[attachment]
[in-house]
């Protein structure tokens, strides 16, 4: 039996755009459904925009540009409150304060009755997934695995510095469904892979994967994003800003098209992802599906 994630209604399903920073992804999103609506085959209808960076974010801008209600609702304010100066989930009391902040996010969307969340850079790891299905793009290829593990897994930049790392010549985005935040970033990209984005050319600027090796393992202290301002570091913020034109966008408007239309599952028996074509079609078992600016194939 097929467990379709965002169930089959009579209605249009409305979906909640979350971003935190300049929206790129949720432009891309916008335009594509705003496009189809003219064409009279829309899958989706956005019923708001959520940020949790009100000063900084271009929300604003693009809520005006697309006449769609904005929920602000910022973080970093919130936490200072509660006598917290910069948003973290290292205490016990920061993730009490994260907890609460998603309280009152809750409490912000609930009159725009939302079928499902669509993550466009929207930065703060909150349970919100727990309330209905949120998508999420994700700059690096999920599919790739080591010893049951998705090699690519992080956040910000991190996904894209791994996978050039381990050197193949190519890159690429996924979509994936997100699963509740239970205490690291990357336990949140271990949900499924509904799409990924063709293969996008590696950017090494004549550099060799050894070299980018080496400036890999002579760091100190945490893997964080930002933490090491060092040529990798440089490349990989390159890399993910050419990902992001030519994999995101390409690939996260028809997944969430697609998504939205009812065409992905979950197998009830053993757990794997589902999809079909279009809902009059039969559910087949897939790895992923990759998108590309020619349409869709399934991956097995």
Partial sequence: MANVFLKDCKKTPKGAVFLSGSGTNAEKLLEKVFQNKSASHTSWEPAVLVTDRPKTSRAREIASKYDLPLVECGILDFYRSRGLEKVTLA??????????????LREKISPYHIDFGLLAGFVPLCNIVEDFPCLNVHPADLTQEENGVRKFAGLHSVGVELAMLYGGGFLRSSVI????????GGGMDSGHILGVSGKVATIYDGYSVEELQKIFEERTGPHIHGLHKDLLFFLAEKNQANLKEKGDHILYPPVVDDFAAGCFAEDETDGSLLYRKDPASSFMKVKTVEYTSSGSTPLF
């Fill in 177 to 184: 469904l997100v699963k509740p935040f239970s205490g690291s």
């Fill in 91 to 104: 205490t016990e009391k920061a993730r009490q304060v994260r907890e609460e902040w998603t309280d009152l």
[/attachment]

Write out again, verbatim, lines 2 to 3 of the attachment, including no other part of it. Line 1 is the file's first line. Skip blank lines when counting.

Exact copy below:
């Protein structure tokens, strides 16, 4: 039996755009459904925009540009409150304060009755997934695995510095469904892979994967994003800003098209992802599906 994630209604399903920073992804999103609506085959209808960076974010801008209600609702304010100066989930009391902040996010969307969340850079790891299905793009290829593990897994930049790392010549985005935040970033990209984005050319600027090796393992202290301002570091913020034109966008408007239309599952028996074509079609078992600016194939 097929467990379709965002169930089959009579209605249009409305979906909640979350971003935190300049929206790129949720432009891309916008335009594509705003496009189809003219064409009279829309899958989706956005019923708001959520940020949790009100000063900084271009929300604003693009809520005006697309006449769609904005929920602000910022973080970093919130936490200072509660006598917290910069948003973290290292205490016990920061993730009490994260907890609460998603309280009152809750409490912000609930009159725009939302079928499902669509993550466009929207930065703060909150349970919100727990309330209905949120998508999420994700700059690096999920599919790739080591010893049951998705090699690519992080956040910000991190996904894209791994996978050039381990050197193949190519890159690429996924979509994936997100699963509740239970205490690291990357336990949140271990949900499924509904799409990924063709293969996008590696950017090494004549550099060799050894070299980018080496400036890999002579760091100190945490893997964080930002933490090491060092040529990798440089490349990989390159890399993910050419990902992001030519994999995101390409690939996260028809997944969430697609998504939205009812065409992905979950197998009830053993757990794997589902999809079909279009809902009059039969559910087949897939790895992923990759998108590309020619349409869709399934991956097995």
Partial sequence: MANVFLKDCKKTPKGAVFLSGSGTNAEKLLEKVFQNKSASHTSWEPAVLVTDRPKTSRAREIASKYDLPLVECGILDFYRSRGLEKVTLA??????????????LREKISPYHIDFGLLAGFVPLCNIVEDFPCLNVHPADLTQEENGVRKFAGLHSVGVELAMLYGGGFLRSSVI????????GGGMDSGHILGVSGKVATIYDGYSVEELQKIFEERTGPHIHGLHKDLLFFLAEKNQANLKEKGDHILYPPVVDDFAAGCFAEDETDGSLLYRKDPASSFMKVKTVEYTSSGSTPLF